To summarize the changes in the archaea community in bioreactors with and without electrolysis, microbial communities that generate methane from certain substrates (formate and acetate) were found with AW, while Methanoculleus bourgensis, which generates methane using different substrates (formate, 2-propanol, 2-butanol, etc.), was found with AW, the Thermoplasmata community, which is a methylotrophic methanogen that generates more methane than other methanogens (such as acetoclastic or hydrogenotrophic methanogens), dominated without electrolysis treatment. Combined with the results on species diversity, the diversity and population of archea communities were lower without electrolysis treatment than with AW. This change in the microbial community resulted in a difference in methane production. Furthermore, when analyzing the microbial community without electrolysis treatment using food waste filtrate, the population of Methanosarcina thermophila, which grows with acetate, methanol, methylated amines, etc., and is part of the Methanosarcinaceae family, increased significantly. These results demonstrate that this medium promotes the growth of methylotrophic methanogens in the reactor without electrolysis treatment [65][37].
Overall, certain aspects ensure higher biogas production with electrolysis treatment for the stimulation bioprocess:
  • The microbial electrolysis cell can increase the methane content;
  • Electrokinetic decomposition deforms the cell walls of substrates, making their contents easily accessible to bacteria for anaerobic digestion [13];
  • Treatment of liquid media with high-voltage electric pulses leads to inactivation of microorganisms at lower temperatures and in a shorter soaking time [15];
  • The same increase in the yield and production of methane is associated with changes in the microbial community resulting in a difference in methane production [50].
  • The microbial electrolysis cell can increase the methane content;
  • Electrokinetic decomposition deforms the cell walls of substrates, making their contents easily accessible to bacteria for anaerobic digestion [38];
  • Treatment of liquid media with high-voltage electric pulses leads to inactivation of microorganisms at lower temperatures and in a shorter soaking time [39];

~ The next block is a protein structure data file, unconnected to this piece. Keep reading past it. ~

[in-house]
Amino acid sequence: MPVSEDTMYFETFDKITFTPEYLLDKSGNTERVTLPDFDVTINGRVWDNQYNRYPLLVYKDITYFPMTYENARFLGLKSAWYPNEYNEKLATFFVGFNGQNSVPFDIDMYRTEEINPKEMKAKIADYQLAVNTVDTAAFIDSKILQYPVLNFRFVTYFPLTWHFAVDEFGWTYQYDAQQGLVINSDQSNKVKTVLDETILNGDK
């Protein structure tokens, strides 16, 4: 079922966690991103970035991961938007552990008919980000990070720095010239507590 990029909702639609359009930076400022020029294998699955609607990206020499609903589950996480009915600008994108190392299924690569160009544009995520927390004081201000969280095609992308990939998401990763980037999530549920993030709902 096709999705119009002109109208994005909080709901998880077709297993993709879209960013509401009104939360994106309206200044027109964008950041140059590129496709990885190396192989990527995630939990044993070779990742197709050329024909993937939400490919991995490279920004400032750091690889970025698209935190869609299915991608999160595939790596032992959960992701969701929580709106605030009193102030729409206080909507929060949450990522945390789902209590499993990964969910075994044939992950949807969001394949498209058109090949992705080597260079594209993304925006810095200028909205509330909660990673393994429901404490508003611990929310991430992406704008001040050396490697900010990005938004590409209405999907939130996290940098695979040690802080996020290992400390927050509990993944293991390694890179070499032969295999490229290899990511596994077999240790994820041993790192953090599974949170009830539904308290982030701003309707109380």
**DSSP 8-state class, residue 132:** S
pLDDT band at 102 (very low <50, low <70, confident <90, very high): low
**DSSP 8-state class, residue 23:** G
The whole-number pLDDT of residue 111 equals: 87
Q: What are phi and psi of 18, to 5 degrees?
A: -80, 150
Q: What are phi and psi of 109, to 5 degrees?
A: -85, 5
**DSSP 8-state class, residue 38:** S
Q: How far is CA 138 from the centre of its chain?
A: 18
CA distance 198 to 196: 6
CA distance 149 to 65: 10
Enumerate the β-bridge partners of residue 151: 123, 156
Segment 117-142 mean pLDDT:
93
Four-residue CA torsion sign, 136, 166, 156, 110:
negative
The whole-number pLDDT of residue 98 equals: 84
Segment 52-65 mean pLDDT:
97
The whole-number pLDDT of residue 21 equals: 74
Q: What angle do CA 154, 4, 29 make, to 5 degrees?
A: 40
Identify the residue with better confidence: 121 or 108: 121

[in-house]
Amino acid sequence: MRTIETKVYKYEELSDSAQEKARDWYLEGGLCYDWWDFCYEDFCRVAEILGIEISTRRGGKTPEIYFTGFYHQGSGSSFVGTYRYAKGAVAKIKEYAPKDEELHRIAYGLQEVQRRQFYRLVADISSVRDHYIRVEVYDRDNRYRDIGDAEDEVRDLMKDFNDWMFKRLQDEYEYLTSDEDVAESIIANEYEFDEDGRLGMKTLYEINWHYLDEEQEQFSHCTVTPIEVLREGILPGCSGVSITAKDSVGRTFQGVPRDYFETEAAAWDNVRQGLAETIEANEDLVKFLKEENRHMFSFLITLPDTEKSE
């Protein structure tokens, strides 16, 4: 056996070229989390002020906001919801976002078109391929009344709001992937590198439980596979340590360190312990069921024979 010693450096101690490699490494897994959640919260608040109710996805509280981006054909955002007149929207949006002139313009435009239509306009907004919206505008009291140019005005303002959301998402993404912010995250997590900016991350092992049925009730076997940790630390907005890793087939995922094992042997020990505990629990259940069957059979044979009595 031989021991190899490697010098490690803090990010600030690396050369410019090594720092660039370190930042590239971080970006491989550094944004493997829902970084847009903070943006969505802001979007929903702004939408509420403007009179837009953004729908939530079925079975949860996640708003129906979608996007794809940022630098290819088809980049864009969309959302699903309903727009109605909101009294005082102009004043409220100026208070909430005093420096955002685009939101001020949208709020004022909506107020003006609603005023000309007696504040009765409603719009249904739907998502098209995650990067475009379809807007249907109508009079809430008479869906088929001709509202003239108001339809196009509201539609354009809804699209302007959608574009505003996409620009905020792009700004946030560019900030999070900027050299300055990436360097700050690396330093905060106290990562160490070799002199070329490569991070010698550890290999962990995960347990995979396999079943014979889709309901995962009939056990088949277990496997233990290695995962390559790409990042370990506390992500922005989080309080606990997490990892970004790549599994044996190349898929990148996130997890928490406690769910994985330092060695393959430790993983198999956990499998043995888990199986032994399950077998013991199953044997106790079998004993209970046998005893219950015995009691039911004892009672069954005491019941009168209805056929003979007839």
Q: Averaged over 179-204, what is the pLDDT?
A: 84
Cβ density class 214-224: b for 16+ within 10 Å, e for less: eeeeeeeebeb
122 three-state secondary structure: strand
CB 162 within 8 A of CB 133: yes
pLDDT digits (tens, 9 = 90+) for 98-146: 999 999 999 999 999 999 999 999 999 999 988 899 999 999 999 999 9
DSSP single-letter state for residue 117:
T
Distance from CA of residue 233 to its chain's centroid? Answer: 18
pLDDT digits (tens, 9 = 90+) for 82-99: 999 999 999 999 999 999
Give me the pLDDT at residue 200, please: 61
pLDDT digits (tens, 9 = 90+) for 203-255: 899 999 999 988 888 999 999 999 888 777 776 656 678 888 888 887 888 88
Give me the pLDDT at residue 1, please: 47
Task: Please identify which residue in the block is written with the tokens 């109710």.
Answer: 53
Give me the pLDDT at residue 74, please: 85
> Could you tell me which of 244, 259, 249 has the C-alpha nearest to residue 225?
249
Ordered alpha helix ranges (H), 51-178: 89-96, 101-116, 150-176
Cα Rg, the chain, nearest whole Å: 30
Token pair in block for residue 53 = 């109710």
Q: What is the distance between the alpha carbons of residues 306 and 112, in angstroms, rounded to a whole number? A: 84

• The same increase in the yield and production of methane is associated with changes in the microbial community resulting in a difference in methane production [16].


  1. Chernysh, Y.; Balintova, M.; Plyatsuk, L.; Holub, M.; Demcak, S. The Influence of Phosphogypsum Addition on Phosphorus Release in Biochemical Treatment of Sewage Sludge. Int. J. Environ. Res. Public Health 2018, 15, 1269.
  2. Skripkin, S.; Tsoy, M.; Kuibin, P.; Shtork, S. Swirling Flow in a Hydraulic Turbine Discharge Cone at Different Speeds and Discharge Conditions. Exp. Therm. Fluid Sci. 2019, 100, 349–359.
  3. Yeh, C.-P.; Tseng, K.-T.; Collicott, S.H. Manipulating Inlet Cavitation to Control Spray Properties. In Proceedings of the 39th AIAA/ASME/SAE/ASEE Joint Propulsion Conference and Exhibit, Huntsville, Alabama, 20–23 July 2003.
  4. Ranade, N.V.; Nagarajan, S.; Sarvothaman, V.; Ranade, V.V. ANN Based Modelling of Hydrodynamic Cavitation Processes: Biomass Pre-Treatment and Wastewater Treatment. Ultrason. Sonochemistry 2020, 72, 105428.
  5. Biogas, Z. Available online: (accessed on 1 August 2022).
  6. Nykyforov, V.; Malovanyy, M.; Kozlovskaya, T.; Novokhatko, O.; Digtiar, S. The Biotechnological Ways of Blue-Green Algae Complex Processing. East. Eur. J. Enterp. Technol. 2016, 5, 11–18.
  7. Minutillo, M.; Perna, A.; Sorce, A. Green Hydrogen Production Plants via Biogas Steam and Autothermal Reforming Processes: Energy and Exergy Analyses. Appl. Energy 2020, 277, 115452.
  8. Martín, M.Á.; González, I.; Serrano, A.; Siles, J.Á. Evaluation of the Improvement of Sonication Pre-Treatment in the Anaerobic Digestion of Sewage Sludge. J. Environ. Manag. 2015, 147, 330–337.
  9. Zieliński, M.; Dębowski, M.; Krzemieniewski, M.; Rusanowska, P.; Zielińska, M.; Cydzik-Kwiatkowska, A.; Głowacka-Gil, A. Application of an Innovative Ultrasound Disintegrator for Sewage Sludge Conditioning Before Methane Fermentation. J. Ecol. Eng. 2018, 19, 240–247.
  10. Gunes, B.; Stokes, J.; Davis, P.; Connolly, C.; Lawler, J. Modelling and Optimisation of the Biogas Yield after Hybrid Alkaline-Ultrasonic Pre-Treatment in the Early Stages of Anaerobic Digestion of Pot Ale to Shorten the Processing Time. Process Saf. Environ. Prot. 2021, 146, 43–53.
  11. Bougrier, C.; Carrère, H.; Delgenès, J.P. Solubilisation of Waste-Activated Sludge by Ultrasonic Treatment. Chem. Eng. J. 2005, 106, 163–169.
  12. Zeynali, R.; Khojastehpour, M.; Ebrahimi-Nik, M. Effect of Ultrasonic Pre-Treatment on Biogas Yield and Specific Energy in Anaerobic Digestion of Fruit and Vegetable Wholesale Market Wastes. Sustain. Environ. Res. 2017, 27, 259–264.
  13. Begum, S.; Anupoju, G.R.; Eshtiaghi, N. Anaerobic Co-Digestion of Food Waste and Cardboard in Different Mixing Ratios: Impact of Ultrasound Pre-Treatment on Soluble Organic Matter and Biogas Generation Potential at Varying Food to Inoculum Ratios. Biochem. Eng. J. 2021, 166, 107853.